FeaturedMercury Cyclone GT 500

1968 Mercury Cyclone GT 500

The 1968 Mercury Cyclone GT 500 is likely one of the catalyst that led to the creation of the Spoiler/Spoiler II. While doing some additional research on the Spoilers I came across an article in one of the Ford Mercury Speedway newsletters that referenced the GT 500s. I have provided that snippet here as further documentation on these cars and the role they played in the creation of the Aero Cars.

It is a simple “win on Sunday; sell on Monday” philosophy that leads to better race cars and more connections between the race car and the street version. As we approach the 2013 NASCAR season with the Daytona 500 I feel it is time to look back at some of what makes our cars so rare and great. The portion of the article below is from an early 1980s newsletter from the Speedway Club.

The last paragraph is what is important. It states that the GT 500 was released after Cale’s win at the 1968 Daytona 500. That is the connection many of us have been looking for. The build date on most GT 500s is either March or May of 1968 and the VINs appear to be closely grouped together. Some are also called simply “500” while others are “GT 500”. At this time I believe the early cars were called 500s and the later ones GT 500 but I have no proof of that. This difference may also have something to do with the engine options and when the 428 CJ engine became available. The research goes on.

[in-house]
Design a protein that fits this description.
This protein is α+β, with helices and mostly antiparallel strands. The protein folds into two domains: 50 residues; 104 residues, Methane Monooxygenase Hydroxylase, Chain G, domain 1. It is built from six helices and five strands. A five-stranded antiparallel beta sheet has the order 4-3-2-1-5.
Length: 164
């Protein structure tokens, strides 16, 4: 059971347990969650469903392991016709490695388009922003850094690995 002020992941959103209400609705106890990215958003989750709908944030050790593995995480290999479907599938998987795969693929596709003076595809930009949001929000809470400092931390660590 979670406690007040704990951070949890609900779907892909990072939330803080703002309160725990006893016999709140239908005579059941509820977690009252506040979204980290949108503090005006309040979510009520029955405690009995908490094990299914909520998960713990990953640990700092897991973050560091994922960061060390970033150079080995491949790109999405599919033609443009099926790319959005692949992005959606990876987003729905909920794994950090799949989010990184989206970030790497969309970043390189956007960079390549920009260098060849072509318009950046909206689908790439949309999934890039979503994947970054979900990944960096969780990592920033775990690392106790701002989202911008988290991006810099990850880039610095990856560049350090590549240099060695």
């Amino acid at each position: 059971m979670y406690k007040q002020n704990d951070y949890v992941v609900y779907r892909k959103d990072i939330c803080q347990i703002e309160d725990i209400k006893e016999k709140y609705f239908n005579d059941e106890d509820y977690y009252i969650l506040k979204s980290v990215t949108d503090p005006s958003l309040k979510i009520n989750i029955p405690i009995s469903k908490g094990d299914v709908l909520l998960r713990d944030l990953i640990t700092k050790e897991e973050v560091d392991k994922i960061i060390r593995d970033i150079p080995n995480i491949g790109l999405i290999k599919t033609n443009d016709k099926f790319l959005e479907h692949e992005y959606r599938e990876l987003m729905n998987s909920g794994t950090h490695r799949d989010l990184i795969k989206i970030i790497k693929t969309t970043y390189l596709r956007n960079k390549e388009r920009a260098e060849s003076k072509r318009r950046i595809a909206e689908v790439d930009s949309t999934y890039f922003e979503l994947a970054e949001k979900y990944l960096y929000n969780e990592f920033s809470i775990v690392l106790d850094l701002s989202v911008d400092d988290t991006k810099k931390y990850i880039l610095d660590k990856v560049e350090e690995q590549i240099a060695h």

We will bring you more from this entire article in the next week or two.

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Richard

Some of my first and strongest memories from my childhood relate to cars. I still remember when things happened based on what car I was driving at the time. I grew up and lived in Iowa for nearly 40 years before moving to Southern California and now live in Tennessee. I was a Corvette fanatic for years but then re-discovered vintage American Muscle. My wife, Katrina, and I decided we wanted to focus on unique and rare muscle cars. After a lot of research we fell in love with the Ford Blue Oval Aero Cars. These were only built in 1969 and and aerodynamics became an important part of winning races. The only purpose of these limited production cars was to win NASCAR races using the Boss 429 and 427 power plants complimented with a special, wind cheating, aerodynamic body. The Ford Talladega and Mercury Cyclone Spoiler II are terrific and historic cars. This site is devoted to these car and their owners past and present. We provide an Online Registry for recording the long term history and ownership of every remaining Talladega, Spoiler and Spoiler II.

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